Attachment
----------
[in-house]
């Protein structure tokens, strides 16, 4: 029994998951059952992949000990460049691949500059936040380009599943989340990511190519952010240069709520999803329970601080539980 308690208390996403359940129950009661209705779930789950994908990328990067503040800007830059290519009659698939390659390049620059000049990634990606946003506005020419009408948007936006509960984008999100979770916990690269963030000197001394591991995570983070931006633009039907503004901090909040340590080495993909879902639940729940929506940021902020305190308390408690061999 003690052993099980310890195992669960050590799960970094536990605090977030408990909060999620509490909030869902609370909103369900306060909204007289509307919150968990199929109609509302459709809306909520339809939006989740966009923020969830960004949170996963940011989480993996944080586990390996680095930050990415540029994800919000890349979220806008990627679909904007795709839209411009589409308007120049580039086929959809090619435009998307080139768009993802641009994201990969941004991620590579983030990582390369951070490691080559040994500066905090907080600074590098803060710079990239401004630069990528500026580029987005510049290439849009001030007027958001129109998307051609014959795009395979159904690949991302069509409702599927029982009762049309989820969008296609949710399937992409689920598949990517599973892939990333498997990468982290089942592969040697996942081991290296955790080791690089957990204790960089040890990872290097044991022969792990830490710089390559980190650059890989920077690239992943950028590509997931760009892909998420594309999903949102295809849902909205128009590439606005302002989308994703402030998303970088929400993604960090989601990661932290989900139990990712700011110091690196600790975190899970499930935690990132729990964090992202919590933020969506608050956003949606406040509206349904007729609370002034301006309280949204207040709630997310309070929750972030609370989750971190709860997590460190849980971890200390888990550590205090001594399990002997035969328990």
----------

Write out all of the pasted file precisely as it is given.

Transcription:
[in-house]
């Protein structure tokens, strides 16, 4: 029994998951059952992949000990460049691949500059936040380009599943989340990511190519952010240069709520999803329970601080539980 308690208390996403359940129950009661209705779930789950994908990328990067503040800007830059290519009659698939390659390049620059000049990634990606946003506005020419009408948007936006509960984008999100979770916990690269963030000197001394591991995570983070931006633009039907503004901090909040340590080495993909879902639940729940929506940021902020305190308390408690061999 003690052993099980310890195992669960050590799960970094536990605090977030408990909060999620509490909030869902609370909103369900306060909204007289509307919150968990199929109609509302459709809306909520339809939006989740966009923020969830960004949170996963940011989480993996944080586990390996680095930050990415540029994800919000890349979220806008990627679909904007795709839209411009589409308007120049580039086929959809090619435009998307080139768009993802641009994201990969941004991620590579983030990582390369951070490691080559040994500066905090907080600074590098803060710079990239401004630069990528500026580029987005510049290439849009001030007027958001129109998307051609014959795009395979159904690949991302069509409702599927029982009762049309989820969008296609949710399937992409689920598949990517599973892939990333498997990468982290089942592969040697996942081991290296955790080791690089957990204790960089040890990872290097044991022969792990830490710089390559980190650059890989920077690239992943950028590509997931760009892909998420594309999903949102295809849902909205128009590439606005302002989308994703402030998303970088929400993604960090989601990661932290989900139990990712700011110091690196600790975190899970499930935690990132729990964090992202919590933020969506608050956003949606406040509206349904007729609370002034301006309280949204207040709630997310309070929750972030609370989750971190709860997590460190849980971890200390888990550590205090001594399990002997035969328990």